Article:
Archives for posts with tag: Manipulation

The first reaction, for the ‘average person’, is to ‘love’ this post.

The ‘normal’ reaction, for the ‘fact-checkers’ among us, is to ask ourselves:

Is this actually true?

Heidegger has something really interesting to say about the subject.
I’m gonna put it succinctly and bluntly.

None of us knows everything about anything. Not even about the most trivial thing.
Because the very nature of our knowledge and of our manner of expressing it – language, none of us is able to ‘put together’ even the simplest ‘absolute’ truth.

Hence, according to Heidegger, we have as many truths as there are people interested on the subject.

‘Then the African Proverb is a ‘lie’?’

Nope.

The African Proverb pictured above is a meta-truth.
Heidegger’s truths, as well as those discussed by Popper, all converge towards the ‘absolute’ one.
As each of the ‘people interested on the subject’ dig deeper, each of them gets closer to the kernel. Probably none of them will ever get exactly ‘there’ but their respective positions will become ever closer.

Meanwhile, there’s nothing like a ‘meta-lie’. As we had ‘truth’ and ‘meta-truth’.
A lie, any lie, is also a meta-truth.

We know – we are under the impression, more exactly, that we’ll never reach ‘the absolute truth’. About any subject, let alone the ‘absolute-absolute’ one. But we can conceive that there is one. Somewhere. At least about individual points of interest.

Do we even have the concept of an absolute lie?
What would that be? How could that even be expressed?

This being the reason for some of us being able to come up with so ‘plausible’ lies.
They put so much truth into their words that it becomes harder and harder for us to notice that the ‘proposed conclusion’ is misleading.

That, in fact, they are lying through their teeth.

https://plato.stanford.edu/entries/popper/#ObjeKnowThreWorlOnto

My late mother used to quote a co-worker:

After you get used to it, being hanged becomes bearable.

Let me give you some context.

I live in Romania. You know, that country which shot its dictator, Nicolae Ceausescu, on the Christmas Day 1989.

I was drafted to the army in October 1980. When I left home, you could still find food to buy. Soap, chocolate, washing powder, toilet paper… you name it. Nothing fancy but life was ‘normal’.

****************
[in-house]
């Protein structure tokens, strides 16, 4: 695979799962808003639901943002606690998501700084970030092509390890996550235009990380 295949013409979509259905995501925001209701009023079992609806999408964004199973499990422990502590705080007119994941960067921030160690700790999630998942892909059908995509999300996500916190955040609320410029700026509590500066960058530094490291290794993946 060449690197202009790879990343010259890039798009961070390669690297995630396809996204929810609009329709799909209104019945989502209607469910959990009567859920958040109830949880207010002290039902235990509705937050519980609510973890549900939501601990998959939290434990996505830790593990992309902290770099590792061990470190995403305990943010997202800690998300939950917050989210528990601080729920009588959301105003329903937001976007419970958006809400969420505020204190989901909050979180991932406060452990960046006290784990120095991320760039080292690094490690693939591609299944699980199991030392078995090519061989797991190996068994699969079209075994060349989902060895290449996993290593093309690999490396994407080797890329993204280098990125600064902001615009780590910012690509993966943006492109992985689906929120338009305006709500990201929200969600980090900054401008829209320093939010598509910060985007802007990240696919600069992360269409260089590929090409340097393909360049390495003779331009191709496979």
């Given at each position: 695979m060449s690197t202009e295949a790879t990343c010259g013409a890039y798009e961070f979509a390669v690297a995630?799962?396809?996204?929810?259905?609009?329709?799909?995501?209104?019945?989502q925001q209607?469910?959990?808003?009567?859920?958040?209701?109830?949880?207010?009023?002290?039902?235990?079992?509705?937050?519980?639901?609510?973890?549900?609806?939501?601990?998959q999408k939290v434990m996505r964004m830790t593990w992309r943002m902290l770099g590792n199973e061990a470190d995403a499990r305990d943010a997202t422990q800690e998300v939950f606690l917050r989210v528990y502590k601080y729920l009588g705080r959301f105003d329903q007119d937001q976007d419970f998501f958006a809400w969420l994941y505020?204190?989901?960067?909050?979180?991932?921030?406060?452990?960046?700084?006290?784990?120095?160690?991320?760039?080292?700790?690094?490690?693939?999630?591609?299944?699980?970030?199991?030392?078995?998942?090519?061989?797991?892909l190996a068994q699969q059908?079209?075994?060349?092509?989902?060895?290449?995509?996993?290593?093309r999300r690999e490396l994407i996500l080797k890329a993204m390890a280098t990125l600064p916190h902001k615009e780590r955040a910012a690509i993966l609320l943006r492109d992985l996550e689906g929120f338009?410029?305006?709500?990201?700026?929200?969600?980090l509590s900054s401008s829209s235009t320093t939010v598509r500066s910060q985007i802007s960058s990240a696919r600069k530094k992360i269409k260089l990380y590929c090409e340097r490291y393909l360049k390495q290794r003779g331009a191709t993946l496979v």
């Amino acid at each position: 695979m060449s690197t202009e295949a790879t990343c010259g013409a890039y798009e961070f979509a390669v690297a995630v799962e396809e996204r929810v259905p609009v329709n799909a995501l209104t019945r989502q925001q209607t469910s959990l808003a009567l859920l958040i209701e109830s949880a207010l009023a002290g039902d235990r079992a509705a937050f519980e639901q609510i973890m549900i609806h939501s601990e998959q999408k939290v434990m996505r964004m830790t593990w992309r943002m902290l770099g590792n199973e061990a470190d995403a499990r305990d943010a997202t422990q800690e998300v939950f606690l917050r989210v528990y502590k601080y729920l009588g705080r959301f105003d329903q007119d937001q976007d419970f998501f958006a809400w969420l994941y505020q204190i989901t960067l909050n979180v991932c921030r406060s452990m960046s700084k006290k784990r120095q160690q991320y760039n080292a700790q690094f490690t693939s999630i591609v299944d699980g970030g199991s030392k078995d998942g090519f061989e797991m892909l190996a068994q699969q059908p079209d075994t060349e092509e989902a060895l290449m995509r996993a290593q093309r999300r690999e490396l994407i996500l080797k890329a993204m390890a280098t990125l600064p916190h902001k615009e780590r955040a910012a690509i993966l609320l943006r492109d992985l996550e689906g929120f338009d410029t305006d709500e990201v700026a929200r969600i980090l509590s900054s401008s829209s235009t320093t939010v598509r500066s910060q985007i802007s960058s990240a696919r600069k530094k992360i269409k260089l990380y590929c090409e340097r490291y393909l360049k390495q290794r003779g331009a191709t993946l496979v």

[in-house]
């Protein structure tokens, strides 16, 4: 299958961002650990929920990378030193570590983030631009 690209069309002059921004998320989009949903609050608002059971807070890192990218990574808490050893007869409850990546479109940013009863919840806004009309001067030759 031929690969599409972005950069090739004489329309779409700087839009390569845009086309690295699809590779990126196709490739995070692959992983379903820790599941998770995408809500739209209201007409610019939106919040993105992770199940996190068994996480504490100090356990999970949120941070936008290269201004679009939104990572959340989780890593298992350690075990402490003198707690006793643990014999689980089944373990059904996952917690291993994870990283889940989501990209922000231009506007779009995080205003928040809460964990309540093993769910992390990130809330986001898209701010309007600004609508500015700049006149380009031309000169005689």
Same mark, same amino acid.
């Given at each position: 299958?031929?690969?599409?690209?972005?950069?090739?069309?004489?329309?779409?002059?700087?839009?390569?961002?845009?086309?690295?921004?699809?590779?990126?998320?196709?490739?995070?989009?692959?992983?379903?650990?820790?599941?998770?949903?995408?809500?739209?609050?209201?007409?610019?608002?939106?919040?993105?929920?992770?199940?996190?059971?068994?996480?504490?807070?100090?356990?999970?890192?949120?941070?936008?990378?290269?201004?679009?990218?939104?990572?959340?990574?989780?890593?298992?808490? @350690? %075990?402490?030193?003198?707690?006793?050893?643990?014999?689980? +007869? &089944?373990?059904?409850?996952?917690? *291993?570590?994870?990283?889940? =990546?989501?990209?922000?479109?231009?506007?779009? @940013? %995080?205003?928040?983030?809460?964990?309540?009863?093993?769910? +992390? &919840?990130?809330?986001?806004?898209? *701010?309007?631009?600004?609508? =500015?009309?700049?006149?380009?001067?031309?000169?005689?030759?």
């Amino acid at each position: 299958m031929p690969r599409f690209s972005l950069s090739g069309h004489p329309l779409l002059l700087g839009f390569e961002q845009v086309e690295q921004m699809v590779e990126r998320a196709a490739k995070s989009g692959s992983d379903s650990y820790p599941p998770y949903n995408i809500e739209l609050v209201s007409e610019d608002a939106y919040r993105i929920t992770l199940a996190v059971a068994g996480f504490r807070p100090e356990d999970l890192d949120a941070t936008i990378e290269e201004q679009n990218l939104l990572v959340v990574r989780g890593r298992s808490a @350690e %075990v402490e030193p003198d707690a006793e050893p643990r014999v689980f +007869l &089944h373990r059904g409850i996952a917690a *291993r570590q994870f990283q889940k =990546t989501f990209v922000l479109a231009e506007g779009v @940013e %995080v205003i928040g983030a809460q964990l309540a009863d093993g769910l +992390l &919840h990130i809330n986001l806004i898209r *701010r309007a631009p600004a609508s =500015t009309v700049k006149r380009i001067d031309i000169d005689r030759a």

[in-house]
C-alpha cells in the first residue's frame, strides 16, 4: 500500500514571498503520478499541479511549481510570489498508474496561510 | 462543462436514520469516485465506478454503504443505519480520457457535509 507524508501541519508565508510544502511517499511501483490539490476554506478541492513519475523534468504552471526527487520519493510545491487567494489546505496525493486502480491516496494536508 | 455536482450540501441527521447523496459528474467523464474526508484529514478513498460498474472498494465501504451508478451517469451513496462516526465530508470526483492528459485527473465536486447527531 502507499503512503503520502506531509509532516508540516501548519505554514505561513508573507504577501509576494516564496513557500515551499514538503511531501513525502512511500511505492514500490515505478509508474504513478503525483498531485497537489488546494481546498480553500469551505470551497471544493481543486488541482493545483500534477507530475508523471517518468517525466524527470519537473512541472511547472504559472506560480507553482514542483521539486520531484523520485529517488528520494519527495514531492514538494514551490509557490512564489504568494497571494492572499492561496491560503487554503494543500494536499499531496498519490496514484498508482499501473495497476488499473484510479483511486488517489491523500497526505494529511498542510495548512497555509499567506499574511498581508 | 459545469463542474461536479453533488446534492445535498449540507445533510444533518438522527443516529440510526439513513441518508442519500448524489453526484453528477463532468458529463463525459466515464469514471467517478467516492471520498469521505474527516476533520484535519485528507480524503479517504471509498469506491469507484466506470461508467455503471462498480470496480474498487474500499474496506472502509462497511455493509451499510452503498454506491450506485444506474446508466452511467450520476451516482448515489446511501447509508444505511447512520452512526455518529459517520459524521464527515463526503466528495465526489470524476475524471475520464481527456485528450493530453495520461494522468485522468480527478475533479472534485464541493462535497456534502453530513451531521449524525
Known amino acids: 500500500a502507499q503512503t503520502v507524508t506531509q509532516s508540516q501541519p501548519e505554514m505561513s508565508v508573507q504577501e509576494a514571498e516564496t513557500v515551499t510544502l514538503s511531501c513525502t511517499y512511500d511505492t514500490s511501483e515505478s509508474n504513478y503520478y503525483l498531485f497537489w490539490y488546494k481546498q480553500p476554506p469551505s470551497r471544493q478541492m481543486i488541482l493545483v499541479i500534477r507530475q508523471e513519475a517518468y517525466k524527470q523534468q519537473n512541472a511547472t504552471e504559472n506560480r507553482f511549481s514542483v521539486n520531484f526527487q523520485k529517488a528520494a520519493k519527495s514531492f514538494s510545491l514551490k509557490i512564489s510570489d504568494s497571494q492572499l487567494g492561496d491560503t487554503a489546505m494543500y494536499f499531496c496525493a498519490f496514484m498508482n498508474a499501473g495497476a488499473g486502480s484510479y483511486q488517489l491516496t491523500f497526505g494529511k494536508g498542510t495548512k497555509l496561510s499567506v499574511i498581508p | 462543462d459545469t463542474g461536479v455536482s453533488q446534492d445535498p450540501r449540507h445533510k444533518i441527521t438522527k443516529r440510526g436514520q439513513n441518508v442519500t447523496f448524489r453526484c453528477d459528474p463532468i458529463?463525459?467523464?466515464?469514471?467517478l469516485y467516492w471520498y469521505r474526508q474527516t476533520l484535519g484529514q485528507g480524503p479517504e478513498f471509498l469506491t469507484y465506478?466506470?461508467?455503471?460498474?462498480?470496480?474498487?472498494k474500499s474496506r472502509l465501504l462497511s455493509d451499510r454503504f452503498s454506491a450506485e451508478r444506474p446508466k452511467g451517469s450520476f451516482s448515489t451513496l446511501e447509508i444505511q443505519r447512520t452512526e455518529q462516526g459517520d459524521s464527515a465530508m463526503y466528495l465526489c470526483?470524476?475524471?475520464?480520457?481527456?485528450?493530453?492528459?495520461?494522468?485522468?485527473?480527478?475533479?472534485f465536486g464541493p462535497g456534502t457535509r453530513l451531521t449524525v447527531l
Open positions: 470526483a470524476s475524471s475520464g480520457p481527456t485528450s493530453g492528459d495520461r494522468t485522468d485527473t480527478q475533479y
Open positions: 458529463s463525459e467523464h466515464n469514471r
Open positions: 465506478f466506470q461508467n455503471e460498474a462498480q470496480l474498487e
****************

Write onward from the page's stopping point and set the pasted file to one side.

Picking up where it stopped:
Nine months later, in July 1981, food was already scarce.

In 1985, things were already bad. You had to queue up for anything you needed. For all of the above mentioned items.

By 1988, things had become even worse. On top of what I had already mentioned, rolling blackouts were common. Those of us who lived in apartments connected to central heating were ‘enjoying’ running hot water for only a few hours a day/a few days a week. And shivered during the entire winter.

I’m telling you all these because in December 1989 most of us were hugely surprised when communism had fallen. With a bang.

We’d become so accustomed with what was happening to us that we were convinced our lives were ‘normal’.

Compare that to what you see below.
Oh, I forgot to tell you that we had only 1 (one) TV channel. Which was on for 2 hours each working day from Monday to Saturday and 12 hours on Sunday. And 80% of what was churned out was pure propaganda.

1. Sow doubt.
2. Drop a loud fact. Or two… This will simultaneously ‘water’ the previously planted seed and act as a ‘foot in the door’ for your next move.
3. ‘Miss-interpret’ another fact.
4. Mention an universal human emotion, inviting your audience to identify itself with the ‘victim’.
5. Squarely state what you want your audience to believe.

1. ‘The Soviet Union didn’t crumple under its own weight. It was dissolved by Yeltsin so that Gorbachev’s position would disappear.
Leaving Yeltsin as the top dog of the day. Even if at the helm of a little smaller empire…’

2. ‘After the Cold War had ended, the West should have treated the ‘defeated’ as Germany, Italy and Japan had been treated after WWII. The West should have helped the Soviet Union to overcome the transition hurdles by extending to it an equivalent of the Marshall Plan.
Instead of that, the Americans had come up with the Wolfowitz – later Bush, Doctrine.’

3. ‘Gorbatchev was told by James Baker that NATO will not move an inch eastward’

4. “…1998, Yeltsin, late Yeltsin: ‘you promised not to do this! So, how do we trust you, if you make a promise?’ “

5.1. Vladimir Putin has been created by the United States.
5.2. The so called free media in general – and New York Times in particular, cannot be trusted to provide honest information.

Pozner’s discourse is far more ‘byzantine’ than the ‘stream-lined’ version I used to illustrate what skillful propaganda looks like. Skillful maskirovka, more likely?

This post has become long enough. Let me wrap it up.

The main question here being ‘did he actually say it? Did Baker actually promised Gorbachev that “NATO will not move an inch eastward” ‘?

Having met with Genscher on his way into discussions with the Soviets, Baker repeated exactly the Genscher formulation in his meeting with Foreign Minister Eduard Shevardnadze on February 9, 1990, (see Document 4); and even more importantly, face to face with Gorbachev.
Not once, but three times, Baker tried out the “not one inch eastward” formula with Gorbachev in the February 9, 1990, meeting. He agreed with Gorbachev’s statement in response to the assurances that “NATO expansion is unacceptable.” Baker assured Gorbachev that “neither the President nor I intend to extract any unilateral advantages from the processes that are taking place,” and that the Americans understood that “not only for the Soviet Union but for other European countries as well it is important to have guarantees that if the United States keeps its presence in Germany within the framework of NATO, not an inch of NATO’s present military jurisdiction will spread in an eastern direction.”

‘So he actually said it!’…